Spotlight on Innovation: Learning Communities to Study First-Gen Student Success at Western Michigan

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The US Department of Education has awarded multi-million dollar "First in the World" grants to 24 colleges and universities that are innovating to solve critical challenges with access, recruitment, retention, and student success. At AI, we have interviewed each of the recipients to learn more about the projects these institutions are pursuing, how their approaches are unique, and what other colleges and universities can learn from these new efforts.

by Daniel Fusch, Academic Impressions

Andrea Beach, Western Michigan University's director of faculty development, is the recipient of a $3.2 million First in the World grant. WMU has announced its intent to use the grant to help develop a "culture of degree completion and success," and I was excited to learn more about what that meant -- in very practical terms.

Building on the Kalamazoo Promise

First, a bit of the background story: In 2005, Kalamazoo, Michigan created the "Kalamazoo Promise," a fund intended to expand access and student success, and to foster local community and economic development. The fund covers tuition and fees for students graduating from Kalamazoo public schools. "The thought," Beach explains, "was to remove what is seen as one of the primary barriers to student success in college: finances."

But the students who are coming to WMU now are still struggling academically -- and socially. As many studies have demonstrated, financial need is not one of the only primary barriers to student success, particularly for first-generation students from lower-income backgrounds and from underperforming school districts. Addressing the other, non-financial barriers requires culture change within the institution. "What do we need to change to support students who are coming to us from the backgrounds that the Kalamazoo Promise represents?" Beach and her colleagues are asking. "Many of these students are not as adept at navigating the culture or the processes of the university."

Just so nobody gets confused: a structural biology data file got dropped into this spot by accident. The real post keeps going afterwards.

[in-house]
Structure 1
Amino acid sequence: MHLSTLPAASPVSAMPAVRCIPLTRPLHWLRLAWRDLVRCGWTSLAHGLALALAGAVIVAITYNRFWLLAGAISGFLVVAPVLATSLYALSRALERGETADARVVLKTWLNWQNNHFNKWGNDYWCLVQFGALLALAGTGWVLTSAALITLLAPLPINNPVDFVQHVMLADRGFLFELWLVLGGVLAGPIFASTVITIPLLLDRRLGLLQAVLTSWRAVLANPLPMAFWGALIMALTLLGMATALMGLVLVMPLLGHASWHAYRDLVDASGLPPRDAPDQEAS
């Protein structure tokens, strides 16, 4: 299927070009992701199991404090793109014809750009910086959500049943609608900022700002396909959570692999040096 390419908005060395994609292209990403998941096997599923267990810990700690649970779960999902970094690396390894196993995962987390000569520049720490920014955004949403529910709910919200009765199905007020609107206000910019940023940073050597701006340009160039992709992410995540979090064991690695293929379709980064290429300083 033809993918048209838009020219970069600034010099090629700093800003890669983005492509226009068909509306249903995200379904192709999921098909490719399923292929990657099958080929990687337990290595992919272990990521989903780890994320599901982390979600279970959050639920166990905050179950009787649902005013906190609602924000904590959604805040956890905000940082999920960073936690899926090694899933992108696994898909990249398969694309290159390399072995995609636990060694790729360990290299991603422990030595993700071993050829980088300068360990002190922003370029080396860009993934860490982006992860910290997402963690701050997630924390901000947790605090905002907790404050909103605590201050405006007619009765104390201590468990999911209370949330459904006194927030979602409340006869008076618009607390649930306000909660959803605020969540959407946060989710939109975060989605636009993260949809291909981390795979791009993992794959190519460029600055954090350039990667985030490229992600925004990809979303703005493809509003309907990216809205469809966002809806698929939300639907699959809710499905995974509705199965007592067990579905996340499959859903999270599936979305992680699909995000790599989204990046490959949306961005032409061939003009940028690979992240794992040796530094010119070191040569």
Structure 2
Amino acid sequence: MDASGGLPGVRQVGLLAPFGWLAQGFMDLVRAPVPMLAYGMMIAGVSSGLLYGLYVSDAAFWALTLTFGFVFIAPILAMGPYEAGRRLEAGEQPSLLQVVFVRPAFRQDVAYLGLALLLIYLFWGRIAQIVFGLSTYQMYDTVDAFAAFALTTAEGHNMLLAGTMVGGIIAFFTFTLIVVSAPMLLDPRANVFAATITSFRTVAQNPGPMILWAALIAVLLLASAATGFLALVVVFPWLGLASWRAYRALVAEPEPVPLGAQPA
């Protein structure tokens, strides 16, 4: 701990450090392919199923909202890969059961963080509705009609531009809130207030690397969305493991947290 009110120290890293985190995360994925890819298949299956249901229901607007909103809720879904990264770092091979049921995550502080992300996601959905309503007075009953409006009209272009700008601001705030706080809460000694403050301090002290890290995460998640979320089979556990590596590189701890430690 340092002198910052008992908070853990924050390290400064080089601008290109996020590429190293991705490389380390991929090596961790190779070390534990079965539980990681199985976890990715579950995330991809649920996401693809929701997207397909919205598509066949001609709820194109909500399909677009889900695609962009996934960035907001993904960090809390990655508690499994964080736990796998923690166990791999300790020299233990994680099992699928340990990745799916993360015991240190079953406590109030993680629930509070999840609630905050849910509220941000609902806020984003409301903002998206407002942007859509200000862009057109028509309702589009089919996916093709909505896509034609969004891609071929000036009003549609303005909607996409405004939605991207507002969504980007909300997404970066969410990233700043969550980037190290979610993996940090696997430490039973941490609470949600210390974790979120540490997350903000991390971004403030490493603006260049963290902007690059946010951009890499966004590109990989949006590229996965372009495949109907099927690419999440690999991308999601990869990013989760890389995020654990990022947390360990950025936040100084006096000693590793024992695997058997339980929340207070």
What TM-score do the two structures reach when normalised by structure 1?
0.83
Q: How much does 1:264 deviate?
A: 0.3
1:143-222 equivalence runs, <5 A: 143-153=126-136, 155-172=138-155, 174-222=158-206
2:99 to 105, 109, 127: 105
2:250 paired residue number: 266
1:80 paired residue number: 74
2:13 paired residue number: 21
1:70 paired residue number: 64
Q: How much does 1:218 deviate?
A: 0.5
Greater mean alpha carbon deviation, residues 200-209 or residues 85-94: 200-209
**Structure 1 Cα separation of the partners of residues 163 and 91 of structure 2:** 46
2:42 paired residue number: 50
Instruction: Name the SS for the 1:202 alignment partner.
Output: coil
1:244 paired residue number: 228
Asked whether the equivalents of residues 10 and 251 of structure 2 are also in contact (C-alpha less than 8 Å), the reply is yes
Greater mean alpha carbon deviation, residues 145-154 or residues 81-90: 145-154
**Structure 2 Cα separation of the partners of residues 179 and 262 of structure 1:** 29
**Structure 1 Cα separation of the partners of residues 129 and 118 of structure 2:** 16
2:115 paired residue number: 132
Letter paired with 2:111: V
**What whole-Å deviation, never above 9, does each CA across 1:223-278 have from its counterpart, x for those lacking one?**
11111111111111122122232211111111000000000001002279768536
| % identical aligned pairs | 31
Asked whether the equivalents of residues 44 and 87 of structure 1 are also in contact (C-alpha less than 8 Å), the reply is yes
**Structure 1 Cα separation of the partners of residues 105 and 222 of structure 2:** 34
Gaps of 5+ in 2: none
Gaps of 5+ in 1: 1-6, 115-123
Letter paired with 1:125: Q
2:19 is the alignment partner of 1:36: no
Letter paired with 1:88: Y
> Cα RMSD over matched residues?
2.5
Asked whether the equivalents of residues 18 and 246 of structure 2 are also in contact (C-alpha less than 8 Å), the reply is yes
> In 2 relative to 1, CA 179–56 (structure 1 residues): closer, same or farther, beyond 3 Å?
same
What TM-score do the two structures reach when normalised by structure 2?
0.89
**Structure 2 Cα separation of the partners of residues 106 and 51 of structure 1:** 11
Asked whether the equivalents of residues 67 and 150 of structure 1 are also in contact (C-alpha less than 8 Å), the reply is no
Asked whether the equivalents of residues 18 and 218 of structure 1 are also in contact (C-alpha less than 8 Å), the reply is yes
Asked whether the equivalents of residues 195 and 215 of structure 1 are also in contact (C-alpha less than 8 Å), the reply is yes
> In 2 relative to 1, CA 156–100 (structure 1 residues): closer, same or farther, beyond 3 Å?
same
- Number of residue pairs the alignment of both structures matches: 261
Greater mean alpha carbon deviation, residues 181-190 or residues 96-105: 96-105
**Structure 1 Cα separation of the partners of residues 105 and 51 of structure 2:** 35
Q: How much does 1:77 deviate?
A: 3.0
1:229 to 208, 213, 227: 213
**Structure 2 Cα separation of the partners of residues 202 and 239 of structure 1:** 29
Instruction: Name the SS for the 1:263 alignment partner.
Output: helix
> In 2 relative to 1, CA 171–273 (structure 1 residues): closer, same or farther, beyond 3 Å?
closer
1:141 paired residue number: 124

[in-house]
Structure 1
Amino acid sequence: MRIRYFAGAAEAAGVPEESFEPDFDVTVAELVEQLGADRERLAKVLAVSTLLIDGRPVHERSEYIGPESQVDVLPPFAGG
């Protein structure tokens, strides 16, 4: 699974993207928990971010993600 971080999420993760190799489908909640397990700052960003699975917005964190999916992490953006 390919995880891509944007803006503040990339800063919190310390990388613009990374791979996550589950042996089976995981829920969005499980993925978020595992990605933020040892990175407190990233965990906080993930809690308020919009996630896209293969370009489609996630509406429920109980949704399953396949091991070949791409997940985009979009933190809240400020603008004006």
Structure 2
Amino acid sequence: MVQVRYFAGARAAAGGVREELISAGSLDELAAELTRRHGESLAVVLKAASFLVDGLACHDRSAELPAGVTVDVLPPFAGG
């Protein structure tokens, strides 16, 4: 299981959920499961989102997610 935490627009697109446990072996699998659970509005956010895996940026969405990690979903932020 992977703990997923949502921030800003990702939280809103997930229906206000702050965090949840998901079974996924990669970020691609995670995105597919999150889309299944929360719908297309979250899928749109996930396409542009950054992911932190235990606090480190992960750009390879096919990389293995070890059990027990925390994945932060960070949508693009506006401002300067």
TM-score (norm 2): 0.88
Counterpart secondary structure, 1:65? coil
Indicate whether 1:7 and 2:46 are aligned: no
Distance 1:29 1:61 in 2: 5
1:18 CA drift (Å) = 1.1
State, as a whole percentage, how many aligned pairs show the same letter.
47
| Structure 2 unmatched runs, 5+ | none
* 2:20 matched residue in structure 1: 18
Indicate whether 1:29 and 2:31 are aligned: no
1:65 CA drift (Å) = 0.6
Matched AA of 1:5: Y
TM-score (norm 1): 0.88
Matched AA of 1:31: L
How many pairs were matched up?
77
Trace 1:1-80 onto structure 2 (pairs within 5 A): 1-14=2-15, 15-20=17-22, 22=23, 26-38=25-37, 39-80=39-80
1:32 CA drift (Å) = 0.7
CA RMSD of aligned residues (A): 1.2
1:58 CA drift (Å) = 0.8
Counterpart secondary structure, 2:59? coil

"We keep asking students to adapt to the university; what are we doing as a university to adapt to the students’ needs? The philosophy of access has grown over the past 20 years among universities; access is a fundamental philosophical underpinning of higher education. But we haven’t changed our thinking about what success means. Access without support isn’t really access.”
Andrea Beach, WMU

To address this, Western Michigan University has brought together a project team -- and is using the grant funds to hire a full-time project manager to guide the team (all of the team members are assigned to the project only part-time; they each have other jobs at the institution) and to place student groups in one of two supplemental mentoring programs that the university will pilot and test.

Beach describes these supplemental mentoring programs as the first step in what is intended to be an effort at institution-wide transformation.

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